—Jerusalem, late December
The aftermath of the October war is still very much before us, but Israeli society is already gripped by the urgency of “drawing conclusions” (“hasakat maskanot“). Indeed, the name “Yom Kippur War,” tentatively assigned by the Israeli press, seems to have stuck fast for reasons far transcending the actual day of attack. For the pain, introspection, and grim self-criticism which Jews so vigorously exercise on Yom Kippur have become, for the present at any rate, a way of life. This is a society facing its short-comings; the achievements can wait.
Internal political criticism has become stormy among a citizenry recognized for its insatiable political appetite and its generally patronizing approach to its own political leadership—even during the most tranquil periods. Each new assault on hitherto sacred cows (golden calves?) has led to feverish assaults on others; no one, nothing is immune. One must be cautioned, however, that the high voltage which the present public debate is generating should not be conceived as a threat to national unity, or to the fundamental authority of government to decide issues of peace and war. It is precisely the Israeli’s sense of social interdependence and the ultimately “for better—for worse” resignation characterizing the relations between Israelis and their governments that have made this intensity of critical debate possible. Only a couple each of whose partners is secure in the other can enjoy the constructive luxury of brawls, particularly in the midst of authentic crisis. The disenchantment here is with policies, decisions, and deciders, not with the Jewish national project.1
Premier Golda Meir, Defense Minister Moshe Dayan, and Minister Without Portfolio Israel Galili, a special adviser on security affairs, are obvious preliminary targets, for they bore, indeed usurped, complete civilian responsibility for defense. The defense watch-dog committee of the Knesset has long been starved into paralysis, and the government as a whole was not consulted or advised about the deteriorating condition on the borders until four hours before the outbreak of hostilities. No doubt, Meir, Dayan, and Galili presided over a remarkable victory by military standards; but Israelis have other standards. Two thousand five hundred killed is a staggering setback to a life-hungry society. Nor are there joy and comfort here from the casualties inflicted on the other side. Quite the contrary. 2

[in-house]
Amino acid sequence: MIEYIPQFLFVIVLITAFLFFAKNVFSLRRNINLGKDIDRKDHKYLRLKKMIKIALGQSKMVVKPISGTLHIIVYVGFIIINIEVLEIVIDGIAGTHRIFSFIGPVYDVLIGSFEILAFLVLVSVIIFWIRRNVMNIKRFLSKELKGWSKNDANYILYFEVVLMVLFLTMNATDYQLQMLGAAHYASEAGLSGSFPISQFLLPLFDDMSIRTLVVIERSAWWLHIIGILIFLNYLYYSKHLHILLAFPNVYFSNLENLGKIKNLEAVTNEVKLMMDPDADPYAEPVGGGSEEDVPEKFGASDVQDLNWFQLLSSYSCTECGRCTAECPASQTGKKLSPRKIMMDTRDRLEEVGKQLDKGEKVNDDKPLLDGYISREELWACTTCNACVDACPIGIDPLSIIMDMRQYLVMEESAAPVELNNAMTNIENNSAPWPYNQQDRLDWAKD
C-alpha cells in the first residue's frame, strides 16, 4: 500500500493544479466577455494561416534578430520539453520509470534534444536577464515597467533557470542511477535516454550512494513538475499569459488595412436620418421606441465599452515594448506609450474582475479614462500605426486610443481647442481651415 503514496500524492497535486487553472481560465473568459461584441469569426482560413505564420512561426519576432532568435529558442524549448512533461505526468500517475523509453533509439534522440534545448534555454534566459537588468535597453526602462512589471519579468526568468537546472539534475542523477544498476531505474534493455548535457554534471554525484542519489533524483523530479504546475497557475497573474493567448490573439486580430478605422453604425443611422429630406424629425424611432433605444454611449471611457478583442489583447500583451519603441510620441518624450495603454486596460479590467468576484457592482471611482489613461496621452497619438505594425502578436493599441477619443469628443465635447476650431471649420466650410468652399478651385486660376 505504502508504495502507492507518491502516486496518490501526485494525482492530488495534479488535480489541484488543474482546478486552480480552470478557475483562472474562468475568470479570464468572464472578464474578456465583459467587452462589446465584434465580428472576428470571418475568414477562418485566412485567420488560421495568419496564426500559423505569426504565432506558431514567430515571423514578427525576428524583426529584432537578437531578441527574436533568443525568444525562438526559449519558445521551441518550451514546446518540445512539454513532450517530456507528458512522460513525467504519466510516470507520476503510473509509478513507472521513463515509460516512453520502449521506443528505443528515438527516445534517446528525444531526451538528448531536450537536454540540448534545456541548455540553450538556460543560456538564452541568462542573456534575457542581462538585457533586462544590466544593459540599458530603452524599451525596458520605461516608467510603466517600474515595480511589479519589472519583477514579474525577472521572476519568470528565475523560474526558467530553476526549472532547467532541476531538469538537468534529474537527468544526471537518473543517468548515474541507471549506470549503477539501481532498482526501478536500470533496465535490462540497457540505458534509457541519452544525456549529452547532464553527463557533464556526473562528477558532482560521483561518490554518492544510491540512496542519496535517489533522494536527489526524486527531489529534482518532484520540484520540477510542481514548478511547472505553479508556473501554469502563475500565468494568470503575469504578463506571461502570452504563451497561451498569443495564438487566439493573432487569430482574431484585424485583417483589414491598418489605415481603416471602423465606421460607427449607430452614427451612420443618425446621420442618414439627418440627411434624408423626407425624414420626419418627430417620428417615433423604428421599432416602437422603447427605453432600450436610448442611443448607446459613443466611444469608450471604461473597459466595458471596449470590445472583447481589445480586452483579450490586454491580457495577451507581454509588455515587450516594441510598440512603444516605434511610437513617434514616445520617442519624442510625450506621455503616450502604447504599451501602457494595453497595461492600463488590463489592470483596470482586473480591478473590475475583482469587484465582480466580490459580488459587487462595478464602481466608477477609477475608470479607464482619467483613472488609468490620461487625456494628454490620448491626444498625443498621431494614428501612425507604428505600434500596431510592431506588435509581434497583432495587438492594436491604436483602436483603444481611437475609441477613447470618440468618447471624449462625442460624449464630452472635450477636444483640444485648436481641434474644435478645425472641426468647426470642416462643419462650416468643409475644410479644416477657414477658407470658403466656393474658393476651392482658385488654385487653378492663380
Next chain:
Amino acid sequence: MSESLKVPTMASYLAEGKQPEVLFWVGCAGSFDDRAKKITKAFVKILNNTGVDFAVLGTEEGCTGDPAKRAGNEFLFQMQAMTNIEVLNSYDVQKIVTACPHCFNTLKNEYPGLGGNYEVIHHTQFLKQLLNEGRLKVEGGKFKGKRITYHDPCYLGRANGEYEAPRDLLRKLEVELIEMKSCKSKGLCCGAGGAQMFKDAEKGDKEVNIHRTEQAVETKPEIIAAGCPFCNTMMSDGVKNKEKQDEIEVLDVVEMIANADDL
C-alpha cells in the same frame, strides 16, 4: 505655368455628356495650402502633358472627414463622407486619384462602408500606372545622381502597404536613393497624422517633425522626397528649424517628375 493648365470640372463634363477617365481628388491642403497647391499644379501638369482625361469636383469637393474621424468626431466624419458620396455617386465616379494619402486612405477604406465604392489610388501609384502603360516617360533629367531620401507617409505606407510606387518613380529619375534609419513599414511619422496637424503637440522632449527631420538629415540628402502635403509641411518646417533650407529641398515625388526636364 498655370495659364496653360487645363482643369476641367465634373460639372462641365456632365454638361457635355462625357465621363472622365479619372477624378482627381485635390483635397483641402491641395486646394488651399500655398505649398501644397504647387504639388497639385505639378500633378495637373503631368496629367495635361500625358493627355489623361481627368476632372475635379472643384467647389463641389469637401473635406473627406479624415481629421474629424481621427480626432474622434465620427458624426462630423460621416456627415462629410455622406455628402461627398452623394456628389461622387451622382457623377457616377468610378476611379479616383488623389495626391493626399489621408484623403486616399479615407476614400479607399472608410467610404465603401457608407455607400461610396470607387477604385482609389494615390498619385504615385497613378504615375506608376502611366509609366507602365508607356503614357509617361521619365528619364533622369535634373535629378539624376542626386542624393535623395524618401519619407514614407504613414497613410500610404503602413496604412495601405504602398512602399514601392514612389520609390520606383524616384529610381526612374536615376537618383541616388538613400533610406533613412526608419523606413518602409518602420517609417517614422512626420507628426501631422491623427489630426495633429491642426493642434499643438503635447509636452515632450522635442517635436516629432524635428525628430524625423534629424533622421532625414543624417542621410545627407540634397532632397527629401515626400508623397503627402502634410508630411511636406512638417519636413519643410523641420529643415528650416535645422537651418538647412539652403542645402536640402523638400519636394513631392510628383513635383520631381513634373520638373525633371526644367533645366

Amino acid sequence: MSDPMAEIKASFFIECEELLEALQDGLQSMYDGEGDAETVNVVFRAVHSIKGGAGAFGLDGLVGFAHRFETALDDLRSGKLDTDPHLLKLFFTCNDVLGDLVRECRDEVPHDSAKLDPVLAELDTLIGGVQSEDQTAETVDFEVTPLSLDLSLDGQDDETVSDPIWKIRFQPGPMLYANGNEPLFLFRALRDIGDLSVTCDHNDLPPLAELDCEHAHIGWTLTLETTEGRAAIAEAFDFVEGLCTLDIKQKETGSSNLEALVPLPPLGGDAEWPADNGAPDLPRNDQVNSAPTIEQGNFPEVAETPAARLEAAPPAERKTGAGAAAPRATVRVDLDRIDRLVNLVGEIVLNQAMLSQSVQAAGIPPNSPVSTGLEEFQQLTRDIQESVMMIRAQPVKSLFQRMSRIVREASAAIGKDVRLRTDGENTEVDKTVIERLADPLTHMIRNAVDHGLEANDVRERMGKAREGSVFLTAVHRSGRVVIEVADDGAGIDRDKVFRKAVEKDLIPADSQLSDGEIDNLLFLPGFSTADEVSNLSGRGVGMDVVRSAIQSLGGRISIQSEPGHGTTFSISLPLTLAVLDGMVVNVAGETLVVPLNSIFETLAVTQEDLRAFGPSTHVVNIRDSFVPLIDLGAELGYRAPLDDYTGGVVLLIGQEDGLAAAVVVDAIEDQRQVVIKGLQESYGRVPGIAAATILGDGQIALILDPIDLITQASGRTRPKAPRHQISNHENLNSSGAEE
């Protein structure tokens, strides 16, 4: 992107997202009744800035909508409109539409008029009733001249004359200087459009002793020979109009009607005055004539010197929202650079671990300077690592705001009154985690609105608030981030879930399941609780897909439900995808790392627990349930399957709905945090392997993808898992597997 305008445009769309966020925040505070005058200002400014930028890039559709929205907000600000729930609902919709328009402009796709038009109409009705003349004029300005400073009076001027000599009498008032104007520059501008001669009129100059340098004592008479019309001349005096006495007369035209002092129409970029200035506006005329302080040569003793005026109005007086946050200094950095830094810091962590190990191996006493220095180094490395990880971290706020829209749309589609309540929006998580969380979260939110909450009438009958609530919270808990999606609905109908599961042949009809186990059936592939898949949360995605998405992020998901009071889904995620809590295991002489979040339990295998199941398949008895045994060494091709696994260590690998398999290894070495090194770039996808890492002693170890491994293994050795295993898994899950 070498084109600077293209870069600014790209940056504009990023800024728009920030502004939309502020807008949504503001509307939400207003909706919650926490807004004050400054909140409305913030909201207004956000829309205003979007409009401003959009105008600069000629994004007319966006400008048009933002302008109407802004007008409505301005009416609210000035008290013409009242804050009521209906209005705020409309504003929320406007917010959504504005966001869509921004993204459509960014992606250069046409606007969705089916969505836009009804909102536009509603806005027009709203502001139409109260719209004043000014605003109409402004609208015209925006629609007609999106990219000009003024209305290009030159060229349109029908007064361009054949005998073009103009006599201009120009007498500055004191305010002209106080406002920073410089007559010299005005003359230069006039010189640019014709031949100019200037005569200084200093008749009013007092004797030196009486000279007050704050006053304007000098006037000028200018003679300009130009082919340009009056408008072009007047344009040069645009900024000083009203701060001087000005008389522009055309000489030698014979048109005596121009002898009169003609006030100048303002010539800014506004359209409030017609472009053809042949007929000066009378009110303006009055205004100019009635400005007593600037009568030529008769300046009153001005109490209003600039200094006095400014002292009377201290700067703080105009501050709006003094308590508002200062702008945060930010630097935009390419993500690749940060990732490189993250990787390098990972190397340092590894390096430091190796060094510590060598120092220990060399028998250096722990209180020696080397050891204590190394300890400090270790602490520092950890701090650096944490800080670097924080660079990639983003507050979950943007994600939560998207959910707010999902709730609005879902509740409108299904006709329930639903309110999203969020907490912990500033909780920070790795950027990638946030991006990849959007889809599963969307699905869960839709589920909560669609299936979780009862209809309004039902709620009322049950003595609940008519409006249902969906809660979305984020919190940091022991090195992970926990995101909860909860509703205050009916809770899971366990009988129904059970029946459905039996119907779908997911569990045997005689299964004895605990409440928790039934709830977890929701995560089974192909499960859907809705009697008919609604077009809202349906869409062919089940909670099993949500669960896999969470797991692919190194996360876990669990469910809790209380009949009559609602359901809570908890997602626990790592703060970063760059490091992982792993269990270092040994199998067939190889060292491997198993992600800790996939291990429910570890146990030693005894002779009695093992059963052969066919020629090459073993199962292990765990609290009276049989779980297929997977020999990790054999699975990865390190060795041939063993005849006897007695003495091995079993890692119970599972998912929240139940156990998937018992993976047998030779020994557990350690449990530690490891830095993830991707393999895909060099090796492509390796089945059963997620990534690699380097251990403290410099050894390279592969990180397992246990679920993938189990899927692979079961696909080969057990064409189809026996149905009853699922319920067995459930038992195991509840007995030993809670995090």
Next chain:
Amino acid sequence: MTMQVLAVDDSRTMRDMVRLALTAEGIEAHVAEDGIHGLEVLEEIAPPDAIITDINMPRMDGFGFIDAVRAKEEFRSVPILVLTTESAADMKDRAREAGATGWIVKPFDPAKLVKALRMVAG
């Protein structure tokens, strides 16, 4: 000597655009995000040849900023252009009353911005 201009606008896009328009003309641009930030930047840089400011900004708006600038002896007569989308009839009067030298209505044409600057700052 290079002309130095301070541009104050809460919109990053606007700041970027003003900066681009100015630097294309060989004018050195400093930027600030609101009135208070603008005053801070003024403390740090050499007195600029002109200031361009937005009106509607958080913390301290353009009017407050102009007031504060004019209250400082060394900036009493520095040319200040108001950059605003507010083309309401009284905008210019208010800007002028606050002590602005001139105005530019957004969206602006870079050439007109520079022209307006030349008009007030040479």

There is, moreover, an unqualified dissatisfaction with the state of the country’s defenses at the outbreak of war. For Israelis get their “real” news from their husbands or sons at the front, and the stories filtering back from the Syrian front suggest that only the perfectly heroic skill and sacrifice of Israeli sons (baneinus), coupled with Syrian logistical incompetence, prevented destructive incursions into productive northern heartlands. On the Egyptian front, furthermore, there appears to have been such a shocking breakdown of communications that the General Staff’s “full alert” was not executed by the Southern Command.3
That Israelis draw inspiration and confidence from the dependable idealism of the Israeli Defense Forces (Tzahal) only increases…
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